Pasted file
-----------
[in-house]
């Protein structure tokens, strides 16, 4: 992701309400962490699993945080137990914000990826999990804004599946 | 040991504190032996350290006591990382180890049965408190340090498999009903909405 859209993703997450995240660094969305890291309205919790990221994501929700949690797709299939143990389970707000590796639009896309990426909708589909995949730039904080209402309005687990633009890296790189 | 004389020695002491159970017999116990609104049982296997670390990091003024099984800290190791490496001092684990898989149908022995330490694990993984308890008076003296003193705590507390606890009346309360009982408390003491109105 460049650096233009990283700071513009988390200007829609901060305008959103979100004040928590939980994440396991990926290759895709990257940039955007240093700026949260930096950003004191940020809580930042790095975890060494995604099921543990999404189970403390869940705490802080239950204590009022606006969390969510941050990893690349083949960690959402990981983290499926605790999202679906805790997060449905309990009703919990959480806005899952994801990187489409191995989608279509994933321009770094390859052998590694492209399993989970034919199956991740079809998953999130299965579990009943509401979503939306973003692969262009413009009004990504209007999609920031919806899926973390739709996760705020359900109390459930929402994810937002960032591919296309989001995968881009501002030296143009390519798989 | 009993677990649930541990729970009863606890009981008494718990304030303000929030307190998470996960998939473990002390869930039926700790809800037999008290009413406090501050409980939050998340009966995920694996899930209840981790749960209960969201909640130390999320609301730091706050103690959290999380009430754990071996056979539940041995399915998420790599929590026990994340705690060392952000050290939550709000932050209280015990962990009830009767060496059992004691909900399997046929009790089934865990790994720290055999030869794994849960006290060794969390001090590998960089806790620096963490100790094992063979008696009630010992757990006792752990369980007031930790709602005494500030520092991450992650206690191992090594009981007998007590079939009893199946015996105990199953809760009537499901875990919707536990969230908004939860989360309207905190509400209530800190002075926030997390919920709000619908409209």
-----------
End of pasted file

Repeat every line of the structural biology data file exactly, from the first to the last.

[in-house]
């Protein structure tokens, strides 16, 4: 992701309400962490699993945080137990914000990826999990804004599946 | 040991504190032996350290006591990382180890049965408190340090498999009903909405 859209993703997450995240660094969305890291309205919790990221994501929700949690797709299939143990389970707000590796639009896309990426909708589909995949730039904080209402309005687990633009890296790189 | 004389020695002491159970017999116990609104049982296997670390990091003024099984800290190791490496001092684990898989149908022995330490694990993984308890008076003296003193705590507390606890009346309360009982408390003491109105 460049650096233009990283700071513009988390200007829609901060305008959103979100004040928590939980994440396991990926290759895709990257940039955007240093700026949260930096950003004191940020809580930042790095975890060494995604099921543990999404189970403390869940705490802080239950204590009022606006969390969510941050990893690349083949960690959402990981983290499926605790999202679906805790997060449905309990009703919990959480806005899952994801990187489409191995989608279509994933321009770094390859052998590694492209399993989970034919199956991740079809998953999130299965579990009943509401979503939306973003692969262009413009009004990504209007999609920031919806899926973390739709996760705020359900109390459930929402994810937002960032591919296309989001995968881009501002030296143009390519798989 | 009993677990649930541990729970009863606890009981008494718990304030303000929030307190998470996960998939473990002390869930039926700790809800037999008290009413406090501050409980939050998340009966995920694996899930209840981790749960209960969201909640130390999320609301730091706050103690959290999380009430754990071996056979539940041995399915998420790599929590026990994340705690060392952000050290939550709000932050209280015990962990009830009767060496059992004691909900399997046929009790089934865990790994720290055999030869794994849960006290060794969390001090590998960089806790620096963490100790094992063979008696009630010992757990006792752990369980007031930790709602005494500030520092991450992650206690191992090594009981007998007590079939009893199946015996105990199953809760009537499901875990919707536990969230908004939860989360309207905190509400209530800190002075926030997390919920709000619908409209």